As June approaches and more heads across the country realise that, in a little over two months, their Year 1 pupils will be sitting the government’s new phonics screening check, the level of panic is beginning to rise.
Yesterday’s TES (‘Heads read the riot act over new phonics test’) was reporting that some heads are beginning to squirm because they think the pass mark for the test is too high, a sure sign that some have decided to get their excuses in first. Tony Draper, head of Water Hall Primary School in Milton Keynes, was quoted as saying:
“Who in their right minds thinks about telling the parents of six-year-olds and the children themselves that they are failures? It’s moronic. They are not failures, they are learners. They are at different stages of their learning journey.”
Tony obviously isn’t thinking too much himself. No-one is suggesting that children should be told they are ‘failures’ and it’s pretty ‘moronic’ to believe that the government would be asking heads to do this.
Never one to resist the opportunity to grab a headline, Sue Palmer also pops up to inform us that the drive to raise standards over the past fifteen years ‘has made not one bit of difference’, though what she bases this claim on isn’t clear. She says:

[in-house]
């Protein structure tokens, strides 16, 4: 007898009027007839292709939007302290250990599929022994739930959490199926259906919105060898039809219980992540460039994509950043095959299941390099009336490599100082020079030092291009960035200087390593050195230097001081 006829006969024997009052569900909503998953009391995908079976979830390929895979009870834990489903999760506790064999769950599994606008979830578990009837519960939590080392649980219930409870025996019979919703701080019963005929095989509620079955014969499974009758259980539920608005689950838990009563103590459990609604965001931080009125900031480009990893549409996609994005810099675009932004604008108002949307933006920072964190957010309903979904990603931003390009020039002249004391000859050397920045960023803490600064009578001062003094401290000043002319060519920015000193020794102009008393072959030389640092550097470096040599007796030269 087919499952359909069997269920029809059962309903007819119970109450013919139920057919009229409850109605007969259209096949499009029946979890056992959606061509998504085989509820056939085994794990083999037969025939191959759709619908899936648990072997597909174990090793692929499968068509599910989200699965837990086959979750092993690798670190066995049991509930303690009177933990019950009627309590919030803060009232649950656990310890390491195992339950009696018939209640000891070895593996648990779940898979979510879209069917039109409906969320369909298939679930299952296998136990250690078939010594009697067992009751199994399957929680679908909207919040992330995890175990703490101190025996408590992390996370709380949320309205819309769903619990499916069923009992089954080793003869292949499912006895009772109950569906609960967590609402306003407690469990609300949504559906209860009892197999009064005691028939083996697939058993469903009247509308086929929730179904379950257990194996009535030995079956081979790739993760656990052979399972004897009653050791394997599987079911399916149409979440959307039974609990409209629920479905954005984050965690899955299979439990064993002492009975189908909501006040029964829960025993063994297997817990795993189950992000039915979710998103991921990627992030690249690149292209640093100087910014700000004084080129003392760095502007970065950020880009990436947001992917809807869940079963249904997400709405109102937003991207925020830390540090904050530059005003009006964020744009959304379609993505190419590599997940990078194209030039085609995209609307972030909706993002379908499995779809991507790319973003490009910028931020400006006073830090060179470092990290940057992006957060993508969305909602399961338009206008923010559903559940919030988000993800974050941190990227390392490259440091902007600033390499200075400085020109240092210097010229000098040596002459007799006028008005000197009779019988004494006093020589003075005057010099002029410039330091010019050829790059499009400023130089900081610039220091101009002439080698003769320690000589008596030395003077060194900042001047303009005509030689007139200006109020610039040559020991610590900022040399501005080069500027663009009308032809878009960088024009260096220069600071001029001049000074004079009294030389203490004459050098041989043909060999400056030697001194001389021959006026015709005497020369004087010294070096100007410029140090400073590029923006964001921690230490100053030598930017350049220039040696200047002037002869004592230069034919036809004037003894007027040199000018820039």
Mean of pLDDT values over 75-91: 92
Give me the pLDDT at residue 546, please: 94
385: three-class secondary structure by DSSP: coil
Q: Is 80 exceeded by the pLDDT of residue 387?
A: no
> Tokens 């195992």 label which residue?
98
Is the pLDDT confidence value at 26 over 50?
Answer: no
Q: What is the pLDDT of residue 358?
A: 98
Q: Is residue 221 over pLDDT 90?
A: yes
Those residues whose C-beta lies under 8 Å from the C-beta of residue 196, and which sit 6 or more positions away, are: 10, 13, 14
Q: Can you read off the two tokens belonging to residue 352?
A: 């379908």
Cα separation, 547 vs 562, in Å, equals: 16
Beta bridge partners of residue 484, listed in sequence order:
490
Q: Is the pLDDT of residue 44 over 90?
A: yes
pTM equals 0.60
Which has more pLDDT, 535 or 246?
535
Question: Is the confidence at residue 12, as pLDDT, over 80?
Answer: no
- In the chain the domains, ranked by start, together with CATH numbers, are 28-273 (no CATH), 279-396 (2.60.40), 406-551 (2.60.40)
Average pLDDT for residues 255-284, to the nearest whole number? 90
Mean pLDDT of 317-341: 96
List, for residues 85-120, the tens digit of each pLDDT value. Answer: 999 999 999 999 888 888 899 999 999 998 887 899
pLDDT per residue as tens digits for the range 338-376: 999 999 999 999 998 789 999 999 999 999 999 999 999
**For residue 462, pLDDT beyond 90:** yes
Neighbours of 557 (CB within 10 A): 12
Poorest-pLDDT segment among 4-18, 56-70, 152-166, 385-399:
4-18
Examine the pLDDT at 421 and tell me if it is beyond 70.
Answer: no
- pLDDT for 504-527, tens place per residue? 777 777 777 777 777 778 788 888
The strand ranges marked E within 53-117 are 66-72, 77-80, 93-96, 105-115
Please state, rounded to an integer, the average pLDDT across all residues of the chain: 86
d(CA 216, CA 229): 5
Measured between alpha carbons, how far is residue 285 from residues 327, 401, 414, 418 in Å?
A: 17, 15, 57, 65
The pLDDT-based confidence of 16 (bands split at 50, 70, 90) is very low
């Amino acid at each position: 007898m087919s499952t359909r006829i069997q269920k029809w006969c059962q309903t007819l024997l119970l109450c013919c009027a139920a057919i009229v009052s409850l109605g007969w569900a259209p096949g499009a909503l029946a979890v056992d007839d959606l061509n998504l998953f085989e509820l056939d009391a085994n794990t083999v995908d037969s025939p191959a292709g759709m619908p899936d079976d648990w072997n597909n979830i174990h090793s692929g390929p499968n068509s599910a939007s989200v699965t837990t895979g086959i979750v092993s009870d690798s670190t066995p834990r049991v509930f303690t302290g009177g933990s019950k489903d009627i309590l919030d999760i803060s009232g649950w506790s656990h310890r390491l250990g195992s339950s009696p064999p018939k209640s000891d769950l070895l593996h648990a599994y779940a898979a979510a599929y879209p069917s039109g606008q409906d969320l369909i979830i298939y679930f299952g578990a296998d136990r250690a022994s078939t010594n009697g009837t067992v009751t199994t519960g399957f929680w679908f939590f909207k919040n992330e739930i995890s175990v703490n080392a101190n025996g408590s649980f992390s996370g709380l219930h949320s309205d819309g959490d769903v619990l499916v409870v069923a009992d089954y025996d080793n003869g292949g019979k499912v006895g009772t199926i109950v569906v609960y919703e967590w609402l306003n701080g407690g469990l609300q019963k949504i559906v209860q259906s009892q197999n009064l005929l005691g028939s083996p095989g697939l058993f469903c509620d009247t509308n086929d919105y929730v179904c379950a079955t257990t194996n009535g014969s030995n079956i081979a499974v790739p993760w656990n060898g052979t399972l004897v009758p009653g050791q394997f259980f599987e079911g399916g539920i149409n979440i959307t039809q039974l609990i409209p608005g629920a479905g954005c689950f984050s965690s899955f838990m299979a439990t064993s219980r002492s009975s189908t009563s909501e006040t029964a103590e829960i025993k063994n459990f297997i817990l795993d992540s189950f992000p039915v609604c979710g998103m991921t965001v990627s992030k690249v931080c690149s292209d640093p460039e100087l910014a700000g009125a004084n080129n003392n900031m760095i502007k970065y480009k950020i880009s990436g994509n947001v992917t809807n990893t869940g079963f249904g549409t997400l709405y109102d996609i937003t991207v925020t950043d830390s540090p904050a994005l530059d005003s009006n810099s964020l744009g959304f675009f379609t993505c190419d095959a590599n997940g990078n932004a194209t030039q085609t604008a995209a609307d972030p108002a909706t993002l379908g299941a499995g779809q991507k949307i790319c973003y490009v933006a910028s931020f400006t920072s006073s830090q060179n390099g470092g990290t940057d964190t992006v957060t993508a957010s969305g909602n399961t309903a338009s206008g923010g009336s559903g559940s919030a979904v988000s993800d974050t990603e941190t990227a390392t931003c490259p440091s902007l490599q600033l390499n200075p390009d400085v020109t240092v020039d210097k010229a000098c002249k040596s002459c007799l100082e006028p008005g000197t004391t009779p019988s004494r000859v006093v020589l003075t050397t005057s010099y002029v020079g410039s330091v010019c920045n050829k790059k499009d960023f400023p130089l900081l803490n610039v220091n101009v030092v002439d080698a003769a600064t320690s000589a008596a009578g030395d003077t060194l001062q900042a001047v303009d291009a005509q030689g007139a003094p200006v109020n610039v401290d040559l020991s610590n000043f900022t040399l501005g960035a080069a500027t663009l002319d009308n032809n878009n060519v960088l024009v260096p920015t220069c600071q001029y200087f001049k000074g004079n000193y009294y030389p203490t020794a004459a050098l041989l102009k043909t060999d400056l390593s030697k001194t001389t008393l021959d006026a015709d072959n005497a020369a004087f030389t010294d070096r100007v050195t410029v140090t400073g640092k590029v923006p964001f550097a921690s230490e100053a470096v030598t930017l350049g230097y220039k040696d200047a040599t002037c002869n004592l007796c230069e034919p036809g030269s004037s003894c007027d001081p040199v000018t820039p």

“Children are being crammed rather than learning and it makes reading and writing far less enjoyable. I think if two-thirds of children are failing a pilot, it suggests that the standard they have set is too high for that age group.”
Of course, another view might be that children are not being taught to read and write well enough and that standards weren’t set highly enough in the past. In optimistic vein, Palmer bleats that children starting Year 2 (their third year of school) won’t have any sand and water in which to play. She claims that ‘knowing they have to do this reading stuff which they didn’t do very well in last year and have another test to do at the end of the year, it may well put them off’.
What Palmer is saying is that if pupils can’t read words like ‘grit’, ‘best’, and ‘chill’ and nonsense words like ‘bim’, ‘vap’, ‘sproft’ and ‘chom’ by the end of Y1, the test is too hard. It really makes you wonder what kind of world people like Draper and Palmer live in.
Other heads are more sanguine. Kevin Bullock, head at Fordham Primary School in Cambridgeshire, declared that ‘the test is just an indicator of how children are progressing in phonics.’ Sensible chap!
Unfortunately, as Helen Ward recognises, the publishers are licking their lips, hoping that the screening check will frighten teachers into buying DfE-approved phonics resources under the match-funding scheme in the hope that these will somehow provide them with a panacea. It won’t! What teachers need, as they have always needed in the past, is proper training in how to teach phonics. Nick Gibb needs to de-couple resources from training under the match-funding arrangement and to start promoting training much more vigorously, as his head of Ofsted is recommending.